Roughly every Thursday afternoon. ML, RL, DL and statistics. We schedule talks on many domains and of varying difficulty levels, ranging from basic statistics to recent advances in RL. If you are interested in participating, drop us a line, we promise we won’t spam you.
Normalizing Flows for Policy Representation in Reinforcement Learning
In part 3 on Normalizing Flows, we will discuss how Reinforcement Learning could benefit from this class of methods for policy representation: Using Normalizing Flows to represent stochastic policies in reinforcement learning: I assume that everyone has a basic understanding of RL. Therefore, I will only briefly review the fundamentals (state, action, environment, …)
Emerging Applications of Normalizing Flows in Reinforcement Learning
An Introduction to Normalizing Flows
Bayesian ML and Probabilistic Programming: Introduction
In this seminar, we go back to the very basics with Surya, who will (re)visit the fundamentals of the Bayesian approach to ML, including Maximum Likelihood and Maximum A Posteriori Estimation. He will introduce approximate Bayesian inference using PyMC3 (a Probabilistic Programming Language), which will serve as a springboard for understanding future material in this stream, such as Variational Methods, Graphical models, etc.
A soft introduction to causal inference
‘Correlation does not imply causation’ is a famous saying in statistics. The goal of many (scientific) studies is to draw conclusions on whether a so-called “treatment” has some effect or not, e.g. assigning a drug, or showing homepage A or homepage B to a visitor. As mentioned, it is in general not sufficient to observe statistical association of phenomena to infer causal relationships, but it is possible to make assumptions allowing for it.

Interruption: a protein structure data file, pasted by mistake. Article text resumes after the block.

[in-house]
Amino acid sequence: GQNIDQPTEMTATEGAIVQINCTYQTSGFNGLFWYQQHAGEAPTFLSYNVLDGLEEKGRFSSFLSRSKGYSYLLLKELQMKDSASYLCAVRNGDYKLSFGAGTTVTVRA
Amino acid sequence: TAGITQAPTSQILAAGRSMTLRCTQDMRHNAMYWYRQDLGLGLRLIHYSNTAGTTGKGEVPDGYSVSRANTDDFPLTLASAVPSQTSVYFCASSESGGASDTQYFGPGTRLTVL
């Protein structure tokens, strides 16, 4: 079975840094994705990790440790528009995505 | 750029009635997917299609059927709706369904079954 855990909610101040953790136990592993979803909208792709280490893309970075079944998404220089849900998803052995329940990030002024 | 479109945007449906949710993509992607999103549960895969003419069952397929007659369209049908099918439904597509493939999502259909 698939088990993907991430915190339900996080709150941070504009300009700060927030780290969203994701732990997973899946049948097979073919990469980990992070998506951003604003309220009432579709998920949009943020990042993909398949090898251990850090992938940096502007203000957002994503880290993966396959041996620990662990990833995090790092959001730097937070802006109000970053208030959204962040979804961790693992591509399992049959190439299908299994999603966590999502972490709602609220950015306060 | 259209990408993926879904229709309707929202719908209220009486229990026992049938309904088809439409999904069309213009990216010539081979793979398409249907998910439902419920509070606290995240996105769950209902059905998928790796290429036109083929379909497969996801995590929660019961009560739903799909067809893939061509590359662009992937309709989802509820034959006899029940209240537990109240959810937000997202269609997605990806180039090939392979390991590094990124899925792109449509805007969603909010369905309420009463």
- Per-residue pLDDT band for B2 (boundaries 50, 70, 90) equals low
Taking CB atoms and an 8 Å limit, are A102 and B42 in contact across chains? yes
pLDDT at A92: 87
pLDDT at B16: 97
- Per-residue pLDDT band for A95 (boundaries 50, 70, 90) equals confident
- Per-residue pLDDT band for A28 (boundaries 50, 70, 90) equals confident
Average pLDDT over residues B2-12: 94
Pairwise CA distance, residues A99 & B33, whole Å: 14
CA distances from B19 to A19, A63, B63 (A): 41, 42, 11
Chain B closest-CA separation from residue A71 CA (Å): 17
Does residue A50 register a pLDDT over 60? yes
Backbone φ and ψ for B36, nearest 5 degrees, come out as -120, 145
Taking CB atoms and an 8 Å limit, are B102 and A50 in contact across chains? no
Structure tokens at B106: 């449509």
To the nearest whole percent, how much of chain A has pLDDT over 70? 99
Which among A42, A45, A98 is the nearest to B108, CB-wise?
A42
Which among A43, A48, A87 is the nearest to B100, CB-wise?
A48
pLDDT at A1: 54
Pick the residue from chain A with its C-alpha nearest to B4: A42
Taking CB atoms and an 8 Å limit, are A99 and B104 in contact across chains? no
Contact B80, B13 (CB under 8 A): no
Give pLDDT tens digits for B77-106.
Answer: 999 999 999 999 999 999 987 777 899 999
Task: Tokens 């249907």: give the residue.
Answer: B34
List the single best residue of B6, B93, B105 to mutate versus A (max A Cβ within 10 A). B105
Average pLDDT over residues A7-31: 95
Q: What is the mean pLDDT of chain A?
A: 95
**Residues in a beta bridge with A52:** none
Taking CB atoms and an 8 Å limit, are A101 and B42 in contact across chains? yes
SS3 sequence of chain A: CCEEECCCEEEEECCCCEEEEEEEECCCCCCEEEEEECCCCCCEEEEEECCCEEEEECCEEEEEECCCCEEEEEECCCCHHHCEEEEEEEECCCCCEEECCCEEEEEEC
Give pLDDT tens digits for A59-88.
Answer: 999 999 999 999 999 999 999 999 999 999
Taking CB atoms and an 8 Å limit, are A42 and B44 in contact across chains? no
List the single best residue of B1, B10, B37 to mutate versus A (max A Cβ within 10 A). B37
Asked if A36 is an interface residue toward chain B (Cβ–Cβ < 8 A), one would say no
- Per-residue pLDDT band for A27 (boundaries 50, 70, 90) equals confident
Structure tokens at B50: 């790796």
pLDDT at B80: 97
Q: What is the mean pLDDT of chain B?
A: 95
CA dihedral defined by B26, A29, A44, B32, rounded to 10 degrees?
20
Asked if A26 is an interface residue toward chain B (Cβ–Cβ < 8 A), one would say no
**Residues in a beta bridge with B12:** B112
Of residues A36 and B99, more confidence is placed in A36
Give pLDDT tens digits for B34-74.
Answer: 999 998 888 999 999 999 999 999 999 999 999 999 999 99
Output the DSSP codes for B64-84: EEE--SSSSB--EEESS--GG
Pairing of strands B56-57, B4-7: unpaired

Problems and solutions in offline learning
Current reinforcement learning algorithms require tons of data to solve new tasks. This “hunger for data” is especially onerous in high stake scenarios like healthcare or education, where on-policy data collection is infeasible. This motivates the Batch RL setting where the learner is only given a batch of transition tuples but allowed no further interactions with the environment.
Solving PDEs with neural networks
We’ll be talking about PDEs and how to solve them numerically using NNs. If you have no idea what those are you should probably read a little on it because we won’t be introducing them too much. Check the 3Blue1Brown video for some cool visuals. To say that PDEs are important in Science and Engineering would be a ridiculous understatement.
Isolation Forests: The good, the bad and the ugly
Anomaly detection is one of the main methods behind numerous real life machine learning use cases such as predictive maintenance, network intrusion detection, system health monitoring, fraud detection and novelty detection. Because of the high relevance and sensitivity of many application areas, robustness and reliability are main concerns when designing anomaly detection systems.
The calibrated classifier
Informed decision making based on classifiers requires that the confidence in their predictions reflect the actual error rates. When this happens, one speaks of a calibrated model. Recent work showed that expressive neural networks are able to overfit the cross-entropy loss without losing accuracy, thus producing overconfident (i.e. miscalibrated) models. We analyse several definitions of calibration and the relationships between them, look into related empirical measures and their usefulness, and explore several algorithms to improve calibration.
The Levenshtein Transformer